Wednesday, April 13, 2016

When the bone is the weakest link

Want to see a man break his arm throwing a pitch? Really? Then click here.

Dan Winkler is 26. The Braves took him as a Rule 5 selection two offseasons ago but he basically missed 2015 while rehabbing from Tommy John surgery. On Sunday he fractured his elbow while pitching to the St. Louis Cardinals. It wouldn't surprise me if he doesn't pitch again this year; it wouldn't surprise me if he never pitches again.

Pitchers don't often fracture a bone by throwing, but I can name a handful who have: John Smiley, Tom Browning, Tony Saunders, Joel Zumaya, Dave Dravecky. Dravecky, as you may remember if you're old enough to remember Dravecky. had bone cancer, so his injury, while horrific, was readily understandable. (Dravecky's arm was ultimately amputated.)

But the others ... think of the pitching motion as a chain of events. Chains famously break at their weakest link. Often that's the small muscles of the shoulder. Sometimes it's the ulnar collateral ligament, the UCL of Tommy John surgery fame -- which, obviously, already broke once for Winkler.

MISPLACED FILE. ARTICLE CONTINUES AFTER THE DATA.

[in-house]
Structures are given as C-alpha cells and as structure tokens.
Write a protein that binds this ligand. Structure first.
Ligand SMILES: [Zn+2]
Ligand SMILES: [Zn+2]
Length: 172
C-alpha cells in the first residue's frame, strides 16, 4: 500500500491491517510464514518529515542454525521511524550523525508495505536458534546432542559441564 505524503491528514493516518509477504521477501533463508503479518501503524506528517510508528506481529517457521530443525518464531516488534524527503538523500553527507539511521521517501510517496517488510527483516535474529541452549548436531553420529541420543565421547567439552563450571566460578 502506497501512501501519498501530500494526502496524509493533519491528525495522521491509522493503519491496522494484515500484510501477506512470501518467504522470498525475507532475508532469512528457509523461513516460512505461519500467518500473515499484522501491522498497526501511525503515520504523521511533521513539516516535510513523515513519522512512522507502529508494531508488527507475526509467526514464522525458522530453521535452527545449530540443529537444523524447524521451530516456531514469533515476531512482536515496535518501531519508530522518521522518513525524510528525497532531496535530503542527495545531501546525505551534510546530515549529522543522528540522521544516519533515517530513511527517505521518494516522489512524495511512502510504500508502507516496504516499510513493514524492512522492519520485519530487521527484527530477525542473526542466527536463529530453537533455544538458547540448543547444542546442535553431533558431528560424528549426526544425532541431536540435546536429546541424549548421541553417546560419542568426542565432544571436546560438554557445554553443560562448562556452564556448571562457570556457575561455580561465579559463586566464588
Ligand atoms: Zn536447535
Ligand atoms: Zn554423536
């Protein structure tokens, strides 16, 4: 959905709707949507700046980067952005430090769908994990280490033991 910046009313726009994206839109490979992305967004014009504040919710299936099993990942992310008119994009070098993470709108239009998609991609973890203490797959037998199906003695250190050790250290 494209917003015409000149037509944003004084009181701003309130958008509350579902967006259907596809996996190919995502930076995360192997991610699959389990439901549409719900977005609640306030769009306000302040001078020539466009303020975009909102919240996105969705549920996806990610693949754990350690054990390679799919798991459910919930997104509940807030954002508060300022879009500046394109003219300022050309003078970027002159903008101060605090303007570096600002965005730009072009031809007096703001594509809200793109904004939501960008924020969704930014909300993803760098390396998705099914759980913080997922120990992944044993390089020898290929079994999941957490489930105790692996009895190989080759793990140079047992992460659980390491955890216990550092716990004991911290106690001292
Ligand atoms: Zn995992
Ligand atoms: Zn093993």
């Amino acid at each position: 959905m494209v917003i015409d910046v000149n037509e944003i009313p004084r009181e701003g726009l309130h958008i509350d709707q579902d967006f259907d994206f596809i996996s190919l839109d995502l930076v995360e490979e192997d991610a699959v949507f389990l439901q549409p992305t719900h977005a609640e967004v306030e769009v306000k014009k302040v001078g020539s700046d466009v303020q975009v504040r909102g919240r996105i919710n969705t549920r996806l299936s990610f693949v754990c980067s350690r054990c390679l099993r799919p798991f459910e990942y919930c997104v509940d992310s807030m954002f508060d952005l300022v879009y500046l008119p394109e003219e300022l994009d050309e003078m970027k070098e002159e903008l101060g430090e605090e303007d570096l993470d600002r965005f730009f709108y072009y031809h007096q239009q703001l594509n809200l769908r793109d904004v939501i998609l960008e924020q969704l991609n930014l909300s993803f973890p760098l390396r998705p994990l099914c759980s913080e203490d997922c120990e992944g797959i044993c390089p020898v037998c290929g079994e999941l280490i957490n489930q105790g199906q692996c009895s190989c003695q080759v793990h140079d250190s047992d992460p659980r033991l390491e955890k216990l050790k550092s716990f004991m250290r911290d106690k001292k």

It's incredible to me to imagine the weak link being a bone. Man, pitching is rough work.

Browning returned from his injury to pitch in two more games before retiring. Smiley (who pitched for the Twins in 1992), Zumaya, Dravecky and Saunders never pitched again in the majors. So the track record of returning from this kind of thing isn't good.

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